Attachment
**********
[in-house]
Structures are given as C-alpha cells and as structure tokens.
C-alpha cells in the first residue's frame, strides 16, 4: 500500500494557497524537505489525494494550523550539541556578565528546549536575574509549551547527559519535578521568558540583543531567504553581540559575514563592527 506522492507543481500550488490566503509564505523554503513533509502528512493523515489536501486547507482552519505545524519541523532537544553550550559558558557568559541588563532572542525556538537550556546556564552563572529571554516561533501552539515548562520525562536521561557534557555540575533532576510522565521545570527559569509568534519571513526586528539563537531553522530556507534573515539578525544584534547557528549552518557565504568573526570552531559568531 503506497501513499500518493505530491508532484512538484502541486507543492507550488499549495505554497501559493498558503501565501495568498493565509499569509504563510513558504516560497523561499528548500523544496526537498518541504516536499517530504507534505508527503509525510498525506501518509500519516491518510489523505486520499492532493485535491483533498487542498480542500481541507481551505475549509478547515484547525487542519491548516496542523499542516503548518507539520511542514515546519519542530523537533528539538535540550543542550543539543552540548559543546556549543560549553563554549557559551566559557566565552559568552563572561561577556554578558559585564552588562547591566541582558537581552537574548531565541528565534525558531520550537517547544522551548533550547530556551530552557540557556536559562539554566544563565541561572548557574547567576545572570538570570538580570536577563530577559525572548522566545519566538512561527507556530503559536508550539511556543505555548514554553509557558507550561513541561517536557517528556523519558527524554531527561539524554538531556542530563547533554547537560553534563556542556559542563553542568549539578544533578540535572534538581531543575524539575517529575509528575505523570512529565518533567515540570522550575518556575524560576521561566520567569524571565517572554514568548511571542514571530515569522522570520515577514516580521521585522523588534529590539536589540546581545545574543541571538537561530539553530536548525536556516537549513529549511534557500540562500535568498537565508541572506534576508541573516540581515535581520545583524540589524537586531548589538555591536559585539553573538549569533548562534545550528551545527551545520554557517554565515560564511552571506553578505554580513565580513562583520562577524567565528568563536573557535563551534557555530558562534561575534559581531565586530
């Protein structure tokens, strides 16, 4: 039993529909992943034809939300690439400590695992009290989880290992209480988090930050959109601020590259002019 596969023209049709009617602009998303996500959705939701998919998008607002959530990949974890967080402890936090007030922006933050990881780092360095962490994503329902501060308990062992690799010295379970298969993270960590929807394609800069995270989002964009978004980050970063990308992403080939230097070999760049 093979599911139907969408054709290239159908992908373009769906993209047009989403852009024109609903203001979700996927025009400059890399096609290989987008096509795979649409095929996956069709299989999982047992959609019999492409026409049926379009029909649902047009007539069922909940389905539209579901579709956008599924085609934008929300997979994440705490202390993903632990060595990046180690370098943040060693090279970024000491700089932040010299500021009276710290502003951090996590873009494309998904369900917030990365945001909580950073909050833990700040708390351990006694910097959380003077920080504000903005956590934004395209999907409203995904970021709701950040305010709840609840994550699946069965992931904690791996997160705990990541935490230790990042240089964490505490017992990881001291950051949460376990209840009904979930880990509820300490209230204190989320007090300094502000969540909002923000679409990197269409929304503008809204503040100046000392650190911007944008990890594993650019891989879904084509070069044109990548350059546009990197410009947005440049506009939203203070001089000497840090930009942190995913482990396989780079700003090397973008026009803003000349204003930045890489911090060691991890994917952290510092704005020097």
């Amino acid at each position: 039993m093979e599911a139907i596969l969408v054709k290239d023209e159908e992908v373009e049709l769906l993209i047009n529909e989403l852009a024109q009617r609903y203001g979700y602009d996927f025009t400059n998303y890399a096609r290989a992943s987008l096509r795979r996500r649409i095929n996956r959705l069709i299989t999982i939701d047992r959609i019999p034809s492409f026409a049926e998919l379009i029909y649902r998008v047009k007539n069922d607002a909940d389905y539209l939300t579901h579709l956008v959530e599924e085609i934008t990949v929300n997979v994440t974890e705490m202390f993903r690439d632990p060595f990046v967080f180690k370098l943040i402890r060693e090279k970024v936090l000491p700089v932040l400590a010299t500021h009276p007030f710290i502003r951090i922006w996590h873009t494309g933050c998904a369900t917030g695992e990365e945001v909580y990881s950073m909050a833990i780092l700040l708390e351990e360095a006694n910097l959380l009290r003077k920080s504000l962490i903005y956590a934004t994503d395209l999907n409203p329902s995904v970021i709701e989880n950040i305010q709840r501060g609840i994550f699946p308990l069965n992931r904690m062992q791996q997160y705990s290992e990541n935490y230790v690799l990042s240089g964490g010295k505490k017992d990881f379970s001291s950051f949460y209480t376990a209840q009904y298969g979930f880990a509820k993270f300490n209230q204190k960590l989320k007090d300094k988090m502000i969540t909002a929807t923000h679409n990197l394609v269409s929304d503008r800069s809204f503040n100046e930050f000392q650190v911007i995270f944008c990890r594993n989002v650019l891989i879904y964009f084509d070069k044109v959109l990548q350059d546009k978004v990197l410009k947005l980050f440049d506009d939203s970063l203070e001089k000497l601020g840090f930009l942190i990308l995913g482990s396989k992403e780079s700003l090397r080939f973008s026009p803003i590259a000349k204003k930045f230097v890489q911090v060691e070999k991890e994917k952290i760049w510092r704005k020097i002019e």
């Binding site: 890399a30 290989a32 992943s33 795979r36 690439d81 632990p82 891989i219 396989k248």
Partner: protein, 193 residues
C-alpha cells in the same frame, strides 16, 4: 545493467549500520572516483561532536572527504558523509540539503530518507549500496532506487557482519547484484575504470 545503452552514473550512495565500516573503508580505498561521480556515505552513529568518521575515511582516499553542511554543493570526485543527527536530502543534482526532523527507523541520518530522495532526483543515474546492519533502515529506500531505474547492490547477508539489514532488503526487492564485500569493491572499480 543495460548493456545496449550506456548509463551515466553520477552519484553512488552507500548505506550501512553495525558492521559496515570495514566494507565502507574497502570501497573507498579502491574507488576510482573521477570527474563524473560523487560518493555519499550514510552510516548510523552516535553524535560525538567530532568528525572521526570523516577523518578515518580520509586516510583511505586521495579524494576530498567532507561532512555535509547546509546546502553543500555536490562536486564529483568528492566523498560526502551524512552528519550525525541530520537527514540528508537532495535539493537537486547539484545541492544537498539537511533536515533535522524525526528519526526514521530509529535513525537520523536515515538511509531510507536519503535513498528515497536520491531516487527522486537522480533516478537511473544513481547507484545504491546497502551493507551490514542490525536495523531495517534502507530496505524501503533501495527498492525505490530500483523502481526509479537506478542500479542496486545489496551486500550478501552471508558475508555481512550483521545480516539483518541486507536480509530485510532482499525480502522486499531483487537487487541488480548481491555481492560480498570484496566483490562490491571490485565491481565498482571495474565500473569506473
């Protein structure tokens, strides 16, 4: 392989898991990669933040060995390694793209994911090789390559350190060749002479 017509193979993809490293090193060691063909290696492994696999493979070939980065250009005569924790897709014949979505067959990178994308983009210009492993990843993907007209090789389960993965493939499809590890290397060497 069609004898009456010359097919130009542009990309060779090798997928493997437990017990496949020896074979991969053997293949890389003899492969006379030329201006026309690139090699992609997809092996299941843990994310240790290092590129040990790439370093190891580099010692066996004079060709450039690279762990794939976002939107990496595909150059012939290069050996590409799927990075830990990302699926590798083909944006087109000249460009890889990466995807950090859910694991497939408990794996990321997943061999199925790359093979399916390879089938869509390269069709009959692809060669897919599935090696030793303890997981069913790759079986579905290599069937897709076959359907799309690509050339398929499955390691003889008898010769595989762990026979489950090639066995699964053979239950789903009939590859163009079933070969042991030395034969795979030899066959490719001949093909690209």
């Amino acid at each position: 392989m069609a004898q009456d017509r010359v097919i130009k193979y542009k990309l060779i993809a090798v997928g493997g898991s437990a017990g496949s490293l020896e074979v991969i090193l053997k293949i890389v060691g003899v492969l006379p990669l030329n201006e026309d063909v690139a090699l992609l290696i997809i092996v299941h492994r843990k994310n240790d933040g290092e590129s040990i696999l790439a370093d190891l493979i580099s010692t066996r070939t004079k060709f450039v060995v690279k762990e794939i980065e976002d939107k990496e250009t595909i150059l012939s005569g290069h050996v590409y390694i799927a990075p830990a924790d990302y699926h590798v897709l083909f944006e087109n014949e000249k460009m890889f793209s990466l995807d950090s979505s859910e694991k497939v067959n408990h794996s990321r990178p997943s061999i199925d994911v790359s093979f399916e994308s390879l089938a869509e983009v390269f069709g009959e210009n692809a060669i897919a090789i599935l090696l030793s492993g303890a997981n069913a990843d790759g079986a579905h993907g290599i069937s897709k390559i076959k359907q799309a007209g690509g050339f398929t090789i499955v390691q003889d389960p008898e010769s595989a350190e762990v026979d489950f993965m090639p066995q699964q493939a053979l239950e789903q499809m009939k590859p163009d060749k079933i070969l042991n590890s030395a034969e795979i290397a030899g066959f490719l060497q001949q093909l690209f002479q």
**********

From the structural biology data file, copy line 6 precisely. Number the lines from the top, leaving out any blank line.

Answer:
């Binding site: 890399a30 290989a32 992943s33 795979r36 690439d81 632990p82 891989i219 396989k248």